is a native of Liberty. He never knew any reporters growing up, and he has never taken a journalism class in his life. But somehow he got hooked on the news business. It all started when Root walked into the offices of The Daily Texan, his college newspaper, during his last year at the University of Texas in 1987. He couldn't resist the draw: it was the biggest collection of misfits ever assembled. After graduating, he took a job at a Houston chemical company and soon realized it wasn't for him. Root applied for an unpaid internship at the Houston Post in 1990, and it turned into a full-time job that same year. He has been a reporter ever since. Root has covered natural disasters, live music and Texas politics — not necessarily in that order. He was Austin bureau chief of the Fort Worth Star-Telegram for a dozen years, most of them good. He also covered politics and the Legislature for The Associated Press before joining the staff of the Tribune.Root is the author of “Oops! A Diary From The 2012 Campaign Trail,” an insider’s account of Texas Gov. Rick Perry’s dramatic collapse in the 2012 presidential race. The book was released in September, 2012.
He had only been in the job for a few weeks, but the interim director of the troubled Texas Alcoholic Beverage Commission is out. Ed Swedberg abruptly quit Friday after saying he did not want to participate in the termination of another high-ranking official at TABC.
Two fresh departures from the troubled Texas Alcoholic Beverage Commission, announced Thursday, bring to five the number of high-level officials calling it quits since The Texas Tribune began publishing a series of stories about lavish spending, mismanagement and regulatory overreach at TABC.
After a three-year probe, state liquor regulators asked an administrative court to cancel every permit held by Spec's, the state's largest liquor retailer, or fine it more than $700 million. Instead, the judges recommended nothing but a warning.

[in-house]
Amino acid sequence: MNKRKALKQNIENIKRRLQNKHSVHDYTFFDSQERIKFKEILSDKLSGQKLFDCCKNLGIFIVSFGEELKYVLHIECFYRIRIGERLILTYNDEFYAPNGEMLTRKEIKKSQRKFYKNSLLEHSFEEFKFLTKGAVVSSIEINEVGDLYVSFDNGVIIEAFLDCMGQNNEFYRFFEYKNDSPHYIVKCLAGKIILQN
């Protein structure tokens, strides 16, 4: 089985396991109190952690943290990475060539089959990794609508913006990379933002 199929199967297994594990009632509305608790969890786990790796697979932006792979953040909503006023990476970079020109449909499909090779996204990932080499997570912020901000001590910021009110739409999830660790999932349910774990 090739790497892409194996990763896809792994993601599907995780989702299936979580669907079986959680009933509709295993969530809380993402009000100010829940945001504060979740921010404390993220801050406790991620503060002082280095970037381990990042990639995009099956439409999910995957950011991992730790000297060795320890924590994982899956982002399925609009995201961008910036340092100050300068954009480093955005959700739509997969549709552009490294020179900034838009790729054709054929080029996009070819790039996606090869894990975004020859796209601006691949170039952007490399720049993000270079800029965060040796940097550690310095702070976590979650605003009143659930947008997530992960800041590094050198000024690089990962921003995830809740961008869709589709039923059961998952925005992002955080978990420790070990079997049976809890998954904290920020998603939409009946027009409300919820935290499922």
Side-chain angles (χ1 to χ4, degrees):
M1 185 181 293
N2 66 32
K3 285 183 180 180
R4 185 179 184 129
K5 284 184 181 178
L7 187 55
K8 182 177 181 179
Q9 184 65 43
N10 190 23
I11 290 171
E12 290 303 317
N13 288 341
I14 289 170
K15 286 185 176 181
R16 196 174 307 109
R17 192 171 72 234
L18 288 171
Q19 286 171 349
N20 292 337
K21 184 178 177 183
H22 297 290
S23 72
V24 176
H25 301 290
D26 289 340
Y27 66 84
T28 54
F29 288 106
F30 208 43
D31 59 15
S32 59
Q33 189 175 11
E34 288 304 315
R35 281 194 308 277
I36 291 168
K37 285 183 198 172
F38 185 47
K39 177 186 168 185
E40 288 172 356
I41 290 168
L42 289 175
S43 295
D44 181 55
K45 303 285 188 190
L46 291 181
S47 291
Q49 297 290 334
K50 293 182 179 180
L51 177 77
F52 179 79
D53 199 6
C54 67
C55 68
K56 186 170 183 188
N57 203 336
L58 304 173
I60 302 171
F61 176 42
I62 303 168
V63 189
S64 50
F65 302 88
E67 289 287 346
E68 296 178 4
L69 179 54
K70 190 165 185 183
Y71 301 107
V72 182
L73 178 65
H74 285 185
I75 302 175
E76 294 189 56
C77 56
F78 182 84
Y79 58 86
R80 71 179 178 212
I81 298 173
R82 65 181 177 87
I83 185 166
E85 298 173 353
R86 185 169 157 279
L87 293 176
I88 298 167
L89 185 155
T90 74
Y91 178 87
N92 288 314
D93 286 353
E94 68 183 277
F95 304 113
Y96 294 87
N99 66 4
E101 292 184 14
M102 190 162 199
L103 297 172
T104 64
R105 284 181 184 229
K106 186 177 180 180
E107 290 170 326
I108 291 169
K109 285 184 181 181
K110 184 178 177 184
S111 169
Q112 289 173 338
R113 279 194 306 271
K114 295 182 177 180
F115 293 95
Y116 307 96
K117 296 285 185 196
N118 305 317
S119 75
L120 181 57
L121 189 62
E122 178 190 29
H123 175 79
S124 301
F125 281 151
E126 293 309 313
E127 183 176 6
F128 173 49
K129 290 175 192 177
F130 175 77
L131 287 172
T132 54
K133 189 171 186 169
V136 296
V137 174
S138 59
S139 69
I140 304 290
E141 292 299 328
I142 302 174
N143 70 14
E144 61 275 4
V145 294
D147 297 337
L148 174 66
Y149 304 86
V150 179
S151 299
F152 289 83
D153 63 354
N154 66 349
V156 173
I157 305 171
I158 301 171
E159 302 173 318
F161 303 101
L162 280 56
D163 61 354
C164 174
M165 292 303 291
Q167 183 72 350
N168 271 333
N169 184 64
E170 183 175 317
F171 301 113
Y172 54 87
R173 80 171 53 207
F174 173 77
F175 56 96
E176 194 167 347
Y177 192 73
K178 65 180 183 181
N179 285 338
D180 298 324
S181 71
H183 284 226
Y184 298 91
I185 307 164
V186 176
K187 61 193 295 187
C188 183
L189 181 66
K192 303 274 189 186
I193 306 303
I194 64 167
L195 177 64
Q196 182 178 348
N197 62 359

Craft brewers want Gov. Greg Abbott to veto a bill that would put limits on some regulatory relief that benefits them. But supporters, including some major distributors, say the bill is needed to stop big beer companies that gobble up independent craft brewers from taking advantage of relaxed regulations.
With crucial deadlines looming, ethics proposals that include taking pensions from politicians-turned-felons, requiring more disclosure of lawmakers' business dealings and forcing lobbyists to reveal who they're wining and dining remain viable.
After billionaire Warren Buffett met with Gov. Greg Abbott and other top leaders, a bill to grant him a loophole from protectionist Texas auto laws seemed to be fast-tracked, until Tea Party activists found out about it.
The Texas House voted Monday to strip government pensions from elected officials who commit serious acts of public corruption, moving the first major piece of ethics reform toward the governor's office.
Conservative activists are pushing back against the so-called “Buffett Bill,” which would let billionaire Warren Buffett hang onto his car dealerships in Texas but keep the market closed to Tesla and other manufacturers.